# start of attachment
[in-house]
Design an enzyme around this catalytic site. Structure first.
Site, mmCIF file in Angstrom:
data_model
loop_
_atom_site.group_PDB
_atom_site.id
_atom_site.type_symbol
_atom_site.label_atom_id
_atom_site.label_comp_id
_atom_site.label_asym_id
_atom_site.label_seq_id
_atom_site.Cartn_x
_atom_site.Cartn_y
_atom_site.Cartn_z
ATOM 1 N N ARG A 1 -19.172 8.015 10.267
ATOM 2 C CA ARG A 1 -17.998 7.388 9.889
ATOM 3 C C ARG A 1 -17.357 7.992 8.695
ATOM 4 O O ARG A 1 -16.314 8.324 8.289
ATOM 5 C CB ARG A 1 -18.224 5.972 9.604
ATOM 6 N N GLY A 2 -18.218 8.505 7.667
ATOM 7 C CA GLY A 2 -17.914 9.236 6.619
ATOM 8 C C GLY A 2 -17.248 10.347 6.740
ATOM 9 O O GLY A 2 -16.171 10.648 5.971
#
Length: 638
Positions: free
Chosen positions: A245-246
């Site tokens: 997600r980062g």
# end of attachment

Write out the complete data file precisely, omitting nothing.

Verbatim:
[in-house]
Design an enzyme around this catalytic site. Structure first.
Site, mmCIF file in Angstrom:
data_model
loop_
_atom_site.group_PDB
_atom_site.id
_atom_site.type_symbol
_atom_site.label_atom_id
_atom_site.label_comp_id
_atom_site.label_asym_id
_atom_site.label_seq_id
_atom_site.Cartn_x
_atom_site.Cartn_y
_atom_site.Cartn_z
ATOM 1 N N ARG A 1 -19.172 8.015 10.267
ATOM 2 C CA ARG A 1 -17.998 7.388 9.889
ATOM 3 C C ARG A 1 -17.357 7.992 8.695
ATOM 4 O O ARG A 1 -16.314 8.324 8.289
ATOM 5 C CB ARG A 1 -18.224 5.972 9.604
ATOM 6 N N GLY A 2 -18.218 8.505 7.667
ATOM 7 C CA GLY A 2 -17.914 9.236 6.619
ATOM 8 C C GLY A 2 -17.248 10.347 6.740
ATOM 9 O O GLY A 2 -16.171 10.648 5.971
#
Length: 638
Positions: free
Chosen positions: A245-246
């Site tokens: 997600r980062g």